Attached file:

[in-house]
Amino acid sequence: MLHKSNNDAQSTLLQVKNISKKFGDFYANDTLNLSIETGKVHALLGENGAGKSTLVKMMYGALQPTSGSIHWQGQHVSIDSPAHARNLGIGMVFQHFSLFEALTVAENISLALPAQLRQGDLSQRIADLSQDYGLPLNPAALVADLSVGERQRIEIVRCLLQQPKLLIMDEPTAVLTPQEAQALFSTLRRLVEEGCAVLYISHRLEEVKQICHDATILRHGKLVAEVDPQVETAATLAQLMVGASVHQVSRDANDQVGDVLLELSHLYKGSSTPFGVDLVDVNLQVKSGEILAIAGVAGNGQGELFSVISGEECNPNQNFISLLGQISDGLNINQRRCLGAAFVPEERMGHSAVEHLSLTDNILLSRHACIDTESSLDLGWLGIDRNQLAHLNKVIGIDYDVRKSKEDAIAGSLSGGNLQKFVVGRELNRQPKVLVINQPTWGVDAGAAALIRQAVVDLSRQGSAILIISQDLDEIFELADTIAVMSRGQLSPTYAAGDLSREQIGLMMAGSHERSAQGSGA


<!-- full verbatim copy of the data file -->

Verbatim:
[in-house]
Amino acid sequence: MLHKSNNDAQSTLLQVKNISKKFGDFYANDTLNLSIETGKVHALLGENGAGKSTLVKMMYGALQPTSGSIHWQGQHVSIDSPAHARNLGIGMVFQHFSLFEALTVAENISLALPAQLRQGDLSQRIADLSQDYGLPLNPAALVADLSVGERQRIEIVRCLLQQPKLLIMDEPTAVLTPQEAQALFSTLRRLVEEGCAVLYISHRLEEVKQICHDATILRHGKLVAEVDPQVETAATLAQLMVGASVHQVSRDANDQVGDVLLELSHLYKGSSTPFGVDLVDVNLQVKSGEILAIAGVAGNGQGELFSVISGEECNPNQNFISLLGQISDGLNINQRRCLGAAFVPEERMGHSAVEHLSLTDNILLSRHACIDTESSLDLGWLGIDRNQLAHLNKVIGIDYDVRKSKEDAIAGSLSGGNLQKFVVGRELNRQPKVLVINQPTWGVDAGAAALIRQAVVDLSRQGSAILIISQDLDEIFELADTIAVMSRGQLSPTYAAGDLSREQIGLMMAGSHERSAQGSGA